FCC chair Julius Genachowski today announced two new net-neutrality measures aimed squarely at internet service providers. “The rise of serious challenges to the free and open Internet puts us at a crossroads. We could see the Internet’s doors shut to entrepreneurs, the spirit of innovation stifled, a full and free flow of information compromised,” Genachowski said during this morning's speech at The Brookings Institution in Washington DC. “Or we could take steps to preserve internet openness, helping ensure a future of opportunity, innovation, and a vibrant marketplace of ideas,” the FCC head said.

Genachowski proposed adding two additional principles to the “Four Freedoms” endorsed by the FCC in 2005: non-discrimination and transparency. The principle of non-discrimination would ensure that internet providers do not block lawful content, while the principle of transparency would require them to disclose their network management practices.

“The fundamental goal of what I’ve outlined today is preserving the openness and freedom of the Internet,” Genachowski said.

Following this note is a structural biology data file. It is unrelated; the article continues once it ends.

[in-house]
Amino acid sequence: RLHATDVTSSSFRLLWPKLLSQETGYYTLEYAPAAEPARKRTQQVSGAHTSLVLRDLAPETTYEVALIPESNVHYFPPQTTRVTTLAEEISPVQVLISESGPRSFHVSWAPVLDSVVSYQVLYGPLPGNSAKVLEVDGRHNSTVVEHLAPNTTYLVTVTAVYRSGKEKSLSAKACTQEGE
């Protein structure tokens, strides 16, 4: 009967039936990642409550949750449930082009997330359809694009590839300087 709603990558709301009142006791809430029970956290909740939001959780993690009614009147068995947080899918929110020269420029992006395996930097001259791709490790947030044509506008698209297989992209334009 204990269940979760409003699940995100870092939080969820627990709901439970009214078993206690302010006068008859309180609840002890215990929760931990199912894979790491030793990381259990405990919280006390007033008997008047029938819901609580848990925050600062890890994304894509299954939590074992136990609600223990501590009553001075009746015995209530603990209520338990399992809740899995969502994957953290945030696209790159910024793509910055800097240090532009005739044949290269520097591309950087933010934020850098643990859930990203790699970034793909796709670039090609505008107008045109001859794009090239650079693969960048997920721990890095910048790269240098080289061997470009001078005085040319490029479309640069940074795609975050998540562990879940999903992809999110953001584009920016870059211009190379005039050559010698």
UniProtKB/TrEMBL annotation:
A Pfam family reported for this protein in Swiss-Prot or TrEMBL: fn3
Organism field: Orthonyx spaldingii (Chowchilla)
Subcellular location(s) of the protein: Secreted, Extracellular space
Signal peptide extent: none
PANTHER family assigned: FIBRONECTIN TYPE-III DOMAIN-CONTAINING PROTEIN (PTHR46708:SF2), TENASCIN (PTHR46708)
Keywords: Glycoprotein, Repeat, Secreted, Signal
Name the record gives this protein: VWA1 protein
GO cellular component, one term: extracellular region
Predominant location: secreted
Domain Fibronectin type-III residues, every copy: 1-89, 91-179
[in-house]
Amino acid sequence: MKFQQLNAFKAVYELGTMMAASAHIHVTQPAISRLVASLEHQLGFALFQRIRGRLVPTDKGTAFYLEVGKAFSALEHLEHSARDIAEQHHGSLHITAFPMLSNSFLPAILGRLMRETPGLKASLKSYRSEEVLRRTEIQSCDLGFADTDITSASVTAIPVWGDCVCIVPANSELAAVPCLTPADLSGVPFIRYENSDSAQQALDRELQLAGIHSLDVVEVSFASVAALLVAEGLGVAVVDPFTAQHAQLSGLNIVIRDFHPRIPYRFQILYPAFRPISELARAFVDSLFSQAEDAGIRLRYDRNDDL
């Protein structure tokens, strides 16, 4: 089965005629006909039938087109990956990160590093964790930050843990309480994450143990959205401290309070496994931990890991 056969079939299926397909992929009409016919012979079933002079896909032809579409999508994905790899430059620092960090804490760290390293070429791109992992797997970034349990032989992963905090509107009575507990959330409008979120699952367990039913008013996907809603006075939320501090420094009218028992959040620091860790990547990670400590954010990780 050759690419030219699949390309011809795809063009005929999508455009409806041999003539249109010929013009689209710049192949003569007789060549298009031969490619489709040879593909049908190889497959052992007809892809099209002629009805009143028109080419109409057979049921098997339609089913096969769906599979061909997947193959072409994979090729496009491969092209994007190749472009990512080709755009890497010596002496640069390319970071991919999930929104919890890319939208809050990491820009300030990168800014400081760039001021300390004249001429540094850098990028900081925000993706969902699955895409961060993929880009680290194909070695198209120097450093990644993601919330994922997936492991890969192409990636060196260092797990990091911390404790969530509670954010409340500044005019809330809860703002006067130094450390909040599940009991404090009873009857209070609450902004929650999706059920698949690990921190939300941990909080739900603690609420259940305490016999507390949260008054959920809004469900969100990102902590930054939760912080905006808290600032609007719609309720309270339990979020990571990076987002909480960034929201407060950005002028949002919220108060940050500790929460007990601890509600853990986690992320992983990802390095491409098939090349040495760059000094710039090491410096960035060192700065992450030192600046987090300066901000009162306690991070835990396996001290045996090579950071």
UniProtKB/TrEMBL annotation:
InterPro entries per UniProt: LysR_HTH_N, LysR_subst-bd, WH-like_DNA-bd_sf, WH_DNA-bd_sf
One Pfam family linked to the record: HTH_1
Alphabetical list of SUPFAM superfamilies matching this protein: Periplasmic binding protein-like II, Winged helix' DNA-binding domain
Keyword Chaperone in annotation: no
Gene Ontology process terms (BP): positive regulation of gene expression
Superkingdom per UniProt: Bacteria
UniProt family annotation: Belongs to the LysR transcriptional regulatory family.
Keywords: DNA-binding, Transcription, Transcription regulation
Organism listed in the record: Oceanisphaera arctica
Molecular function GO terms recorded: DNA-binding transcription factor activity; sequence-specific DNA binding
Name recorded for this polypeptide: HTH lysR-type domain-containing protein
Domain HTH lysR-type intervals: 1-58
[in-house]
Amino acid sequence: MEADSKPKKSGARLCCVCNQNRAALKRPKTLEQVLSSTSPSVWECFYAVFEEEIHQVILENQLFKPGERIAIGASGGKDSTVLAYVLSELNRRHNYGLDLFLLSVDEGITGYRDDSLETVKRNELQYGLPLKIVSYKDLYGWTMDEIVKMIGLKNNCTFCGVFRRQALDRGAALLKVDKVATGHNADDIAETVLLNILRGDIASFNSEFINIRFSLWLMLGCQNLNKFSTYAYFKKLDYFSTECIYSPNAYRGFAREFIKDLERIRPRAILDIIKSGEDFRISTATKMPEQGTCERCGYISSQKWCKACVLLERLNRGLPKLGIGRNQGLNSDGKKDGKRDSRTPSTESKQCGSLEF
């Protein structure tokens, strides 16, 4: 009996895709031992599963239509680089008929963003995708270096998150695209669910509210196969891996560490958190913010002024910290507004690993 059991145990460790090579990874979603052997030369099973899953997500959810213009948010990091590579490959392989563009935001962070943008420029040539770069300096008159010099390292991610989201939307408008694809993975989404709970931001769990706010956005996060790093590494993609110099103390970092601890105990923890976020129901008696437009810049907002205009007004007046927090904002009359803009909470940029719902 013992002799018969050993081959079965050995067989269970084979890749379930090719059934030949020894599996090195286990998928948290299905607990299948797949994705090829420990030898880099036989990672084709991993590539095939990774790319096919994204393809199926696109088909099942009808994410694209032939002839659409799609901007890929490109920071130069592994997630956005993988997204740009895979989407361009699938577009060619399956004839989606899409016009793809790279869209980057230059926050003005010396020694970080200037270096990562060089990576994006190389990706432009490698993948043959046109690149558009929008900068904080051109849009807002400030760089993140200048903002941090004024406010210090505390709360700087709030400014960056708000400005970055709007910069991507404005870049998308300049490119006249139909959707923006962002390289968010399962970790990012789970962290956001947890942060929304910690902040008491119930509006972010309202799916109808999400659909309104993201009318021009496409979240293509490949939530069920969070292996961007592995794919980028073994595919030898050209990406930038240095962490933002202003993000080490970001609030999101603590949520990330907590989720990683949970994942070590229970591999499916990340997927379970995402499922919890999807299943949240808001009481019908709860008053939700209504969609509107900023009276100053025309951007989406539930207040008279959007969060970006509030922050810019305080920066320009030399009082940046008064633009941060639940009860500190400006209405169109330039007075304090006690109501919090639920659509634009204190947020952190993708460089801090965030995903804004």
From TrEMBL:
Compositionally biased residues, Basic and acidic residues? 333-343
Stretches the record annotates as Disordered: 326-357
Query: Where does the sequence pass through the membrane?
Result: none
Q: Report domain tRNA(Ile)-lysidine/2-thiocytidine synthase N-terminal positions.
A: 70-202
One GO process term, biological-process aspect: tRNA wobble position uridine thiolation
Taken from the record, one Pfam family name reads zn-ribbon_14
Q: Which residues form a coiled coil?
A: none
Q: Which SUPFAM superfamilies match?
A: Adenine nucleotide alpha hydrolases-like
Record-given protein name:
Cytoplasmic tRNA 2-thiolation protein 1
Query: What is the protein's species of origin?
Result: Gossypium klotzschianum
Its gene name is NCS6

Internet founder Vin Cerf applauds Genachowski’s moves.

“Today the FCC took an important step in protecting that environment and ensuring that the Internet remains a platform for innovation, economic growth, and free expression,” Cerf wrote.

Opposition has come from service providers like AT&T and Verizon. Predictably, AT&T supports the measures for broadband, but is against them for wireless.

There is also partisan opposition. Sen. Kay Bailey Hutchison (R-Texas) introduced an amendment that would limit the FCC’s powers by denying it funding.

"I am deeply concerned by the direction the FCC appears to be heading. Even during a severe downturn, America has experienced robust investment and innovation in network performance and online content and applications," Hutchison said.

"For that innovation to continue, we must tread lightly when it comes to new regulations,” the senator added. “Where there have been a handful of questionable actions in the past on the part of a few companies, the commission and the marketplace have responded swiftly."

By Mark Alvarez